Food, Glorious Food!

Maybe it's a fat guy thing, but local cuisine is always a highlight of any trip I go on. So why should my restaurant selection while in Denver be any different?
The very first day of class, all the students are just getting to know each other. When out of the blue, Shirley (mentioned in previous post) says "Laverne and I are going to Benihana tonight. You're all welcome to join us." Well I've heard about this chain of steak houses before, and all of them were positive reviews. So I, of course, agree immediately. As does Norman. So after class the four of us pile in Laverne's rental car and head over.
The food was WONDERFUL. I love these places where they cook the food right in front of you. And it was Norman's first time at a place like this. I can understand that, because he doesn't like seafood. Crazy landlubber.
I think we may have gotten the new guy for our chef though. His hand work (flipping the food or the spatulas everywhere) was a little off. But that didn't stop the food from getting cooked and served. Lobster and shrimp... mmmmmmmmm.
Oh, and I should mention it now before I forget. What is it with prissy water companies? There was some weird, pointless company that had their stuff everywhere in Denver called Voss. You think this stuff was scientifically invented to taste like water, by the shape of the bottle alone. They had it in my hotel room, the snack shop, the training site, and Benihana tried aggressive salesmanship on Norman with it. He was not amused, nor did he end up getting stuck with it on his bill.
Anyhow, marching right along. Two more to go, and I'm trying the good place-bad place-good place strategy. So Benihana was great. Right behind Benihana in a strip mall as a place called India's Restaurant. Now I've never eaten Indian food before. Curry sauce was a completely new one for me. My whole class (minus Norman and Abigail, unfortunately) went there for lunch the last day. I am very glad the teacher picked up the tab, because after finishing my meal, I questioned the point of eating Indian food ever again. The dessert was some steamed dough patties in some generally not-sweet coconut sauce. I stayed safe enough with some barbecued chicken they had. But when you come back to the table and can only describe what you're eating as 'the green stuff with the gray chunks floating in it', the meal should officially be over. The bread was good, but you usually have to work pretty hard to mess up bread. Ever since bread solved the great potato famine in Ireland, it's been a global staple.
(What? That didn't happen!)
Which means last but not least for this post. I'm hunting through a strip mall to find some place to eat. It's near a Safeway, so I have a backup plan should my restaurant hunt prove futile.
At the end of the whole strip mall, I find a Mongolian barbecue. Always hear really good things about Mongolian barbecue. As I'm parking to eat there, I end up in front of another place entirely called Sakura's Special Japanese Restaurant. FYI to those who don't know already, I lived in Japan for 6 years. And if fixed authentically, the food is always awesome.
So I think 'hey, why not' and venture into this establishment. Bad sign right off the bat: there is no one in this place during peak dinner time. So I'm getting the feeling that this is a little mom-and-pop organization that's scraping by on a few loyal customers in the area. I ordered a bento box, which included miso soup, shrimp, brown rice, salad, gyoza, and some sliced and boiled thing that had a really strong kick to it. And when I say strong kick, I couldn't stop myself from twitching for a minute after taking too big a bite of this red boiled stuff. If you know what it is I'm talking about, please enlighten us all in the comments.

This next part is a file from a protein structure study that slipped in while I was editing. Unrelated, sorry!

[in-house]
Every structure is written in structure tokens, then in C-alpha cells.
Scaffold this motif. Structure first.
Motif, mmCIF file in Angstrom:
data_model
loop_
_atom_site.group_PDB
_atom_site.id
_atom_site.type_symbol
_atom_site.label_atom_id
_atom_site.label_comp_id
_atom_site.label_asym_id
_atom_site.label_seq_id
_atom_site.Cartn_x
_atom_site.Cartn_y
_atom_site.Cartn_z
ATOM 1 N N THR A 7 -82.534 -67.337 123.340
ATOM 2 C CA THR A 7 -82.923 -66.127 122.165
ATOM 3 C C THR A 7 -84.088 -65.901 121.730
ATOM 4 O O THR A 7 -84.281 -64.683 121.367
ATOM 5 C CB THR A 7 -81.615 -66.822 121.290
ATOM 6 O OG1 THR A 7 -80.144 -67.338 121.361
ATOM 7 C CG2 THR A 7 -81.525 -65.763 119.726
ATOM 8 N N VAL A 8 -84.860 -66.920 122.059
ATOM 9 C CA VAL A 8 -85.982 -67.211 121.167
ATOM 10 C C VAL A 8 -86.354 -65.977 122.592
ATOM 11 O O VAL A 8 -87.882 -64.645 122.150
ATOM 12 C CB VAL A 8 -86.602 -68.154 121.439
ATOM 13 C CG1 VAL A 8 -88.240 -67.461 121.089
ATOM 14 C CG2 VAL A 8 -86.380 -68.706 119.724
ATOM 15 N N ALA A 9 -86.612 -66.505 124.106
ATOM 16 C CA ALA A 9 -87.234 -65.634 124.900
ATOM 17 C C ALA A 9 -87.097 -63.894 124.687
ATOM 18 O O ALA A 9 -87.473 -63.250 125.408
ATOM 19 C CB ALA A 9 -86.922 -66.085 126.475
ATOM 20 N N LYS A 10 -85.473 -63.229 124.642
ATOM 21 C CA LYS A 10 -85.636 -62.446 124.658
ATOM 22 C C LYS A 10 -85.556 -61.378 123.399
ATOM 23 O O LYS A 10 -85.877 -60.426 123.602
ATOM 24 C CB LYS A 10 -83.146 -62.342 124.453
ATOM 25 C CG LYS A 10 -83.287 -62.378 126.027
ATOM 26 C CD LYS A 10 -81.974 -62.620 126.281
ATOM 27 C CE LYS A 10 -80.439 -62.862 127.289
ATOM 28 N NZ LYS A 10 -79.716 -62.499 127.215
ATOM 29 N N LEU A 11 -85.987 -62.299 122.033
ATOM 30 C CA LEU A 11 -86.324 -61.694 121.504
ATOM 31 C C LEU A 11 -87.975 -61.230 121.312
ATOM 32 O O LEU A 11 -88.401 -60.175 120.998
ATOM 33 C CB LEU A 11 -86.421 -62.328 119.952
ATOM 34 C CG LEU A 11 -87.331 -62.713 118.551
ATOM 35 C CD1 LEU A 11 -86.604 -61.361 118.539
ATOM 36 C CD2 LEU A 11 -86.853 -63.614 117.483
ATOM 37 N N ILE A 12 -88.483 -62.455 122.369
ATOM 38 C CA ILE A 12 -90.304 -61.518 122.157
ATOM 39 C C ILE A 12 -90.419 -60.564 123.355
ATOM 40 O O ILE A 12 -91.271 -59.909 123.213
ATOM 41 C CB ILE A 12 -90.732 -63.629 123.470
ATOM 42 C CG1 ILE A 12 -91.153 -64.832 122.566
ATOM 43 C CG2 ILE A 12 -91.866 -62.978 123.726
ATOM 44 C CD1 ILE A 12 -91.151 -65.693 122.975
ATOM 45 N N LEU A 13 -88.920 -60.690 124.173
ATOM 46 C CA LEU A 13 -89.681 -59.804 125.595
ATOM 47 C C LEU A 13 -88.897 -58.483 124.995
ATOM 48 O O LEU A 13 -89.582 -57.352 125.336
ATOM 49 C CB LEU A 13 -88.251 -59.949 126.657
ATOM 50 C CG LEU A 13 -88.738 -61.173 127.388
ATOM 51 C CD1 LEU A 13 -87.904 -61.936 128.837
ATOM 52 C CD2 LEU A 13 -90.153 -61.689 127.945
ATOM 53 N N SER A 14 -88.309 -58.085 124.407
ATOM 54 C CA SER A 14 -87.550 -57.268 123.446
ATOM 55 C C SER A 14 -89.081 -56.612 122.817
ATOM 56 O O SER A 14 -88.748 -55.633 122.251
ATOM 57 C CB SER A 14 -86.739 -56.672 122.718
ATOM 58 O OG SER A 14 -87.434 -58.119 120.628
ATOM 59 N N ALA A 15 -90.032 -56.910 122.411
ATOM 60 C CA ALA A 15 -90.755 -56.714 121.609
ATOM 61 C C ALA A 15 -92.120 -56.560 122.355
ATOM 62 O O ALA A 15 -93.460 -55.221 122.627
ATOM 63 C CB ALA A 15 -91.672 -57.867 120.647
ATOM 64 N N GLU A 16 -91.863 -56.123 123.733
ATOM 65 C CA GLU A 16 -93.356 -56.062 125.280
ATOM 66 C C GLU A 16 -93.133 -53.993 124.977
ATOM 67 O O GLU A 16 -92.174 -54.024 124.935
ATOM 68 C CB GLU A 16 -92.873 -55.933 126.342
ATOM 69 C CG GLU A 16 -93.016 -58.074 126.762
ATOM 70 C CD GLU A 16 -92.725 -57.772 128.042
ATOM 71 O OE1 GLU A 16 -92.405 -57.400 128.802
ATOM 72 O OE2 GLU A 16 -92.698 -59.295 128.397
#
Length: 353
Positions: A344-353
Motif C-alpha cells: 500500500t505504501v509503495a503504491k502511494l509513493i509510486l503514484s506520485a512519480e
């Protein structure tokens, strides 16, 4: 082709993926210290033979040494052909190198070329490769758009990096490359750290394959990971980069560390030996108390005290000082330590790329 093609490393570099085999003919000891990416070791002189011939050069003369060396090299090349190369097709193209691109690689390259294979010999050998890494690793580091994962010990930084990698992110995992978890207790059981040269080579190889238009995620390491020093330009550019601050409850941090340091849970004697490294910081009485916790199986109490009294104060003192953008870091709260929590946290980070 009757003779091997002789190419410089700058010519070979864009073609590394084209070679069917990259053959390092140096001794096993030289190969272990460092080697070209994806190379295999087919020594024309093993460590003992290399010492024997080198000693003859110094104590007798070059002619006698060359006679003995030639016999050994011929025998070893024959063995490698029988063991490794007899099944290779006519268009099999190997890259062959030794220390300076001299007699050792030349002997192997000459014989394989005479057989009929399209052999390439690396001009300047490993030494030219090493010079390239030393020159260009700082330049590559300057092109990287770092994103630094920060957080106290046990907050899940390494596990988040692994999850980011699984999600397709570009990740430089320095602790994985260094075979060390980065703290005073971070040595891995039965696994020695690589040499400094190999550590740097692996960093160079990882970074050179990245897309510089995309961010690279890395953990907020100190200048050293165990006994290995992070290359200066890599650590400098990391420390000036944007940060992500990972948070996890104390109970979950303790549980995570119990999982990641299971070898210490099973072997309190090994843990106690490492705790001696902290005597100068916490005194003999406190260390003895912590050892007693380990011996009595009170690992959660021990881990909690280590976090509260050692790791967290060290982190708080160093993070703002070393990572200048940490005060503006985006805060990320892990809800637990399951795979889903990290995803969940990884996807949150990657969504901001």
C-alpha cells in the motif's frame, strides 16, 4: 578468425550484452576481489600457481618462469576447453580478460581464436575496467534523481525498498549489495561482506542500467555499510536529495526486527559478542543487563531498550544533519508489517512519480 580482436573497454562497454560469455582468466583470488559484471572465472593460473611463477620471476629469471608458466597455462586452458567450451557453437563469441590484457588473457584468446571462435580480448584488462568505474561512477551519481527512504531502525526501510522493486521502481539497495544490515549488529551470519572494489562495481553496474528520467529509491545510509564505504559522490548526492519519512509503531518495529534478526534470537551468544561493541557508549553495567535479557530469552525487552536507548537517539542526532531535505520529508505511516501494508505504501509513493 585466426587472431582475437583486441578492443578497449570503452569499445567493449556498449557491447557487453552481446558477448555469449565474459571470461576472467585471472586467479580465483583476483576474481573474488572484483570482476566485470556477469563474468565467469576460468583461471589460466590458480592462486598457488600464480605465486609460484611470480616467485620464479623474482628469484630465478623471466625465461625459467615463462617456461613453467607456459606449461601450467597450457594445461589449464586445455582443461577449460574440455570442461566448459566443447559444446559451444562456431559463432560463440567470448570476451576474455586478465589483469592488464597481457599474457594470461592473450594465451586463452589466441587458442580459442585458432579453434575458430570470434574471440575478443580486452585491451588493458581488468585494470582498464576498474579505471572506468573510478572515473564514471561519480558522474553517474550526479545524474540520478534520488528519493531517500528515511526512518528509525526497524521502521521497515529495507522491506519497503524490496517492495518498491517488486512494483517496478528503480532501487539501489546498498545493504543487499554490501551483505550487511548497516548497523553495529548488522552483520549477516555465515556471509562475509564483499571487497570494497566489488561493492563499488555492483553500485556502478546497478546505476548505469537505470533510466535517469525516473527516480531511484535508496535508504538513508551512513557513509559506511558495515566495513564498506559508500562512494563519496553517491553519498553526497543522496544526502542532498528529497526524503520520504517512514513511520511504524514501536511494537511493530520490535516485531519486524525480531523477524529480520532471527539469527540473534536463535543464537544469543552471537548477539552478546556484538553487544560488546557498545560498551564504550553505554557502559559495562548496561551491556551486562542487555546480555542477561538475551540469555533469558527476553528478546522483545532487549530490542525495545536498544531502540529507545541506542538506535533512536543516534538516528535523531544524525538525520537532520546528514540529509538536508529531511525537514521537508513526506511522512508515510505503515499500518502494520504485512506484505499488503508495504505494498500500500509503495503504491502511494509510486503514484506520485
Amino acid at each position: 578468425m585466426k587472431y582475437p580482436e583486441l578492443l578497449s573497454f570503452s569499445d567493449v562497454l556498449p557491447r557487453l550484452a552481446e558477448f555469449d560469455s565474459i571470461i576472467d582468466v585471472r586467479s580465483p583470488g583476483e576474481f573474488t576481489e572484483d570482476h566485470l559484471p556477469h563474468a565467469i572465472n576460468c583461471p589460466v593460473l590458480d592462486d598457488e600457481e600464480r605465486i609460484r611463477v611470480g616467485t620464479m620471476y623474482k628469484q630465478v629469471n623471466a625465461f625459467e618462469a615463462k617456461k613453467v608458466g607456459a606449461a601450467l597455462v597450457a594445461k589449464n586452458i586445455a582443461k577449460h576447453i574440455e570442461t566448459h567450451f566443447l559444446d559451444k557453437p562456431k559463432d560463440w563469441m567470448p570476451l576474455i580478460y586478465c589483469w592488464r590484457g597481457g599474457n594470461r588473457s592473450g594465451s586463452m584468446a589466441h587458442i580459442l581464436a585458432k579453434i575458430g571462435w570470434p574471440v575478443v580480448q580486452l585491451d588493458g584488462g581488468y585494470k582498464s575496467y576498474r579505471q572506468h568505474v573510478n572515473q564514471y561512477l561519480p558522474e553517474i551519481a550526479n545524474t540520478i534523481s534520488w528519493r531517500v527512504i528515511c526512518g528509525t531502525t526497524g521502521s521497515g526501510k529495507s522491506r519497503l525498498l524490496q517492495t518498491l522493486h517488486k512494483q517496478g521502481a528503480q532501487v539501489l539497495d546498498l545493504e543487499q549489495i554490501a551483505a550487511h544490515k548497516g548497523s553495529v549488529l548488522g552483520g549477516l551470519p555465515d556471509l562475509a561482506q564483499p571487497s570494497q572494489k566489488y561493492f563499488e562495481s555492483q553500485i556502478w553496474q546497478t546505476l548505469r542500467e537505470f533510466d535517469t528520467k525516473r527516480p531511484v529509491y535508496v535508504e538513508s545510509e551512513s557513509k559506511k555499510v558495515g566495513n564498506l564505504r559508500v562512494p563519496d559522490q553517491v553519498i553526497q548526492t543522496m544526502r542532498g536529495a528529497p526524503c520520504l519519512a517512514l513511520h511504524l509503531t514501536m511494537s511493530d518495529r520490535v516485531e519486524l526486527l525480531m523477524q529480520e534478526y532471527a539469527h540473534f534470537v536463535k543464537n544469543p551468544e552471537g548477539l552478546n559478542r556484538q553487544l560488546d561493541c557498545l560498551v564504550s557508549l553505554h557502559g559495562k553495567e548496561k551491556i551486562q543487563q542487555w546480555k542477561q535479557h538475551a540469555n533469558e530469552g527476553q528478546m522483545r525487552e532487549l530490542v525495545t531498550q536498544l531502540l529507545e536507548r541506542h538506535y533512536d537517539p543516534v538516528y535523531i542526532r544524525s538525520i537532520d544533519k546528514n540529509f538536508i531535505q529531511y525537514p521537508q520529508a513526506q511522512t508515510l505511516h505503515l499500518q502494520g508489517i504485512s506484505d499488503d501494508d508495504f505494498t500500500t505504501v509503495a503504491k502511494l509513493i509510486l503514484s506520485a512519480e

Being the nice guy I am and feeling sorry for the little place that's clearly suffering from being around the corner from the Mongolian barbecue, I left a very generous tip. 30% is still considered generous, right?
Well this place was so good, I wanted to invite my whole class to go there for lunch the next day. But everyone had plans. So how do I enjoy their food and entice my busy peers to go there? I brought it back with me! So I got edamame, gyoza, and miso soup from their appetizer menu. MmMmMmMmMmMm. All very good. I brought it back to the classroom with me, and everyone was asking what I had. It even convinced Enrico to go. He had their udon, and said it was wonderful. But the biggest surprise was that when I went back for lunch, I couldn't find a place to sit anywhere! Apparently they have a very small dinner crowd, and a huge long-lasting lunch crowd. So my 'few customers helping them scrape by' theory was shot all to heck.
I REALLY wanted to make it back for a third visit to Sakura's. They had some kalbi (or galbi, I saw it spelled both ways) ribs that were Korean in origin and cooked in an L.A. style. I think the origin of the LA-Korean rib confusion has to do with how butchers cut things here and there, and Korean immigrants in LA adapting. So yeah. But unfortunately my class ended sooner than I'd hoped and it was nowhere near dinner time.
If anyone ventures to the Denver area and wants to enjoy some really great Japanese food, Sakura's is located in the strip mall in the northeast corner of the intersection formed by S Quebec St and E Arapahoe Rd, Englewood, CO. I know, it's technically in Englewood. But it's a very short drive from the DTC.
It's also a short distance from the Double Tree hotel branch I stayed at. I'd write another post about this place, but there's not much to share. It was a run-of-the-mill hotel experience. I liked it, and was treated pretty well. I would've liked a room with a mini-fridge and a microwave, but that's my company's fault. Double Tree can't make up for the depletion of the travel budget at the end of the fiscal year, can it?
Safe travels and pleasant days to everyone.